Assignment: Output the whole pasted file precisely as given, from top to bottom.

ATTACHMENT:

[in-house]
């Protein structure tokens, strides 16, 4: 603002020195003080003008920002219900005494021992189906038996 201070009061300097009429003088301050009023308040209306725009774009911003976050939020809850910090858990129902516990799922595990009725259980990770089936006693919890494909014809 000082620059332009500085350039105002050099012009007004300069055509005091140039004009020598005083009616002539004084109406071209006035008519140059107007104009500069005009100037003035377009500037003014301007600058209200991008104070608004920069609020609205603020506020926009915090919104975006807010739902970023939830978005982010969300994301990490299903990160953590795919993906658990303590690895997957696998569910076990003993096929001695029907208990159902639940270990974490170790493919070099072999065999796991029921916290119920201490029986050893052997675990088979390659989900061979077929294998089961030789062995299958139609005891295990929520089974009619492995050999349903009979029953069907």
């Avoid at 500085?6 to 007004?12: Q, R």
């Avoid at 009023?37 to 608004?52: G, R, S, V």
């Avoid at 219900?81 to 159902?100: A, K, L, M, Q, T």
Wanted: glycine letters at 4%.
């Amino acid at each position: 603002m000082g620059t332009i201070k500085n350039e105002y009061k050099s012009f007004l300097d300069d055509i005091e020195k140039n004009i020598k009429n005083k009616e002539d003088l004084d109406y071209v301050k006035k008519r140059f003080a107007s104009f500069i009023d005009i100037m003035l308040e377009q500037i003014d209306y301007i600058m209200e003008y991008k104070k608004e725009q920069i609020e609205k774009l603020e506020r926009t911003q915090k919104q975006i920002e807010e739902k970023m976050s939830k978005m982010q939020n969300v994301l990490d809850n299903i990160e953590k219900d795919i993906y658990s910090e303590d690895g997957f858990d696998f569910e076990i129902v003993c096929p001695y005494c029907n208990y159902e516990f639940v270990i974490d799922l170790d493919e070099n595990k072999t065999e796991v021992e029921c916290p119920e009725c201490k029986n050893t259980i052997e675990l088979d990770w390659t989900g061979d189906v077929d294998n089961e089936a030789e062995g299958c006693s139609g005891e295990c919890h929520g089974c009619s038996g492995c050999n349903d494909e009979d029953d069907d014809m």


[in-house]
């Protein structure tokens, strides 16, 4: 603002020195003080003008920002219900005494021992189906038996 201070009061300097009429003088301050009023308040209306725009774009911003976050939020809850910090858990129902516990799922595990009725259980990770089936006693919890494909014809 000082620059332009500085350039105002050099012009007004300069055509005091140039004009020598005083009616002539004084109406071209006035008519140059107007104009500069005009100037003035377009500037003014301007600058209200991008104070608004920069609020609205603020506020926009915090919104975006807010739902970023939830978005982010969300994301990490299903990160953590795919993906658990303590690895997957696998569910076990003993096929001695029907208990159902639940270990974490170790493919070099072999065999796991029921916290119920201490029986050893052997675990088979390659989900061979077929294998089961030789062995299958139609005891295990929520089974009619492995050999349903009979029953069907």
């Avoid at 500085?6 to 007004?12: Q, R």
């Avoid at 009023?37 to 608004?52: G, R, S, V």
């Avoid at 219900?81 to 159902?100: A, K, L, M, Q, T």
Wanted: glycine letters at 4%.
């Amino acid at each position: 603002m000082g620059t332009i201070k500085n350039e105002y009061k050099s012009f007004l300097d300069d055509i005091e020195k140039n004009i020598k009429n005083k009616e002539d003088l004084d109406y071209v301050k006035k008519r140059f003080a107007s104009f500069i009023d005009i100037m003035l308040e377009q500037i003014d209306y301007i600058m209200e003008y991008k104070k608004e725009q920069i609020e609205k774009l603020e506020r926009t911003q915090k919104q975006i920002e807010e739902k970023m976050s939830k978005m982010q939020n969300v994301l990490d809850n299903i990160e953590k219900d795919i993906y658990s910090e303590d690895g997957f858990d696998f569910e076990i129902v003993c096929p001695y005494c029907n208990y159902e516990f639940v270990i974490d799922l170790d493919e070099n595990k072999t065999e796991v021992e029921c916290p119920e009725c201490k029986n050893t259980i052997e675990l088979d990770w390659t989900g061979d189906v077929d294998n089961e089936a030789e062995g299958c006693s139609g005891e295990c919890h929520g089974c009619s038996g492995c050999n349903d494909e009979d029953d069907d014809m």